But all of this is not just about money. This is about 
results. I am going to point out three interesting trends that 
have occurred from 1992 to 2000.
    No. 1, the percentage of school-age children living in 
poverty actually decreased from 20 percent to 16 percent. 
Spending for K through 12 per student increased in constant 
dollars from almost $5,000 to $6,000; yet the NAEP reading 
scores remained flat. We have fewer students in poverty, we are 
spending more after inflation, yet our results are flat. That 
is what the Administration has also focused on--it is not just 
more money, but spending it more efficiently to get the results 
that we are looking for.
    In conclusion, Mr. Chairman, I would like to point out, 
too, that over on the House side this morning, the House 
Appropriations Committee is marking up their supplemental 
appropriation bill, and it is very much apparent that there is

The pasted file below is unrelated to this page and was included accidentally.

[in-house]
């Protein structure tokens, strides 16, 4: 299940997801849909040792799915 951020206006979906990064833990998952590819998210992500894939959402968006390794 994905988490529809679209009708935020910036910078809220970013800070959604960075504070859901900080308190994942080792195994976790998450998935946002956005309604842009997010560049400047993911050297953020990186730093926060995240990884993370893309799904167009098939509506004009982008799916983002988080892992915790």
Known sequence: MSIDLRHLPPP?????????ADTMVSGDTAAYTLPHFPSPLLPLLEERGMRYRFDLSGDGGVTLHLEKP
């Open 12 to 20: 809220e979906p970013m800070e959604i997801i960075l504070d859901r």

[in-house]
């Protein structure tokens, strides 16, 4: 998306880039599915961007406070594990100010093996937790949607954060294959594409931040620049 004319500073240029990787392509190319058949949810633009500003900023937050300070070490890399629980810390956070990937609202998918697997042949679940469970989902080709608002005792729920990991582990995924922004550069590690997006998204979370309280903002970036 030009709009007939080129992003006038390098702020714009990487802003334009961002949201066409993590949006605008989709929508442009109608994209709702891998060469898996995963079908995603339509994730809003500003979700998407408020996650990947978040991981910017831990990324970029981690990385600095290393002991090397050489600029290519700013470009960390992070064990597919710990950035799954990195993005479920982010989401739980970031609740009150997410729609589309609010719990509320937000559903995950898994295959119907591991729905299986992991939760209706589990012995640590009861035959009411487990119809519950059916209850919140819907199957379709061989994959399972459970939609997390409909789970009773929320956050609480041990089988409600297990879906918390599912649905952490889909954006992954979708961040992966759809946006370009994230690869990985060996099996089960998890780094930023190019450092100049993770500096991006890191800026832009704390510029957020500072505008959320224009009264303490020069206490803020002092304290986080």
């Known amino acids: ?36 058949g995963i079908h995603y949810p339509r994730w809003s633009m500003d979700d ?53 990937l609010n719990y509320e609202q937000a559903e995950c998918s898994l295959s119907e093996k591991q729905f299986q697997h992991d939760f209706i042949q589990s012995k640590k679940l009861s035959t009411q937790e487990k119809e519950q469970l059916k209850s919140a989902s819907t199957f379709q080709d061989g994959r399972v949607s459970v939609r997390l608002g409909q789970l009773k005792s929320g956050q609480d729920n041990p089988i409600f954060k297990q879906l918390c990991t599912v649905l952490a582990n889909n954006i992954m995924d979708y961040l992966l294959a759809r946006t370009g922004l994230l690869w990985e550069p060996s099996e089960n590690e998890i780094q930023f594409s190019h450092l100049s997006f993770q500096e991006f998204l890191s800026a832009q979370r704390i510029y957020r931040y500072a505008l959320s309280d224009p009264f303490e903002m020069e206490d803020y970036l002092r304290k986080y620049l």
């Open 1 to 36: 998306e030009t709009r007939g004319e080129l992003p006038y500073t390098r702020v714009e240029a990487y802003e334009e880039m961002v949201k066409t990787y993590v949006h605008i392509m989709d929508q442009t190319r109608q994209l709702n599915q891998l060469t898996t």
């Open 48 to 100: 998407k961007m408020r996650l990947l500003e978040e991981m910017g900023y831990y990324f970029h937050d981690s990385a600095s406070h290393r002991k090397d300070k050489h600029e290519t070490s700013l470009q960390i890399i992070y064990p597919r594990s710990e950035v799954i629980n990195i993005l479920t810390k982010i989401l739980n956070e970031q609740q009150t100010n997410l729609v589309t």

going to be a significant amount of money put into the Pell 
Grant program on an emergency basis, and this money for Pell 
Grants is going to be paid for. This is frankly all that the 
Administration has been about since our budget went up in 
February is to help fix this problem and to help make the Pell 
Grant program whole, to make sure that students do not have 
their grants cut as they did 10 years ago when there was a 
shortfall.
    These shortfalls are serious. They can only be taken care 
of in a couple of ways--it is through more money, it is through 
cuts in the maximum award--and we are very much committed and 
devoted to not having a cut to Pell Grants, and that is why we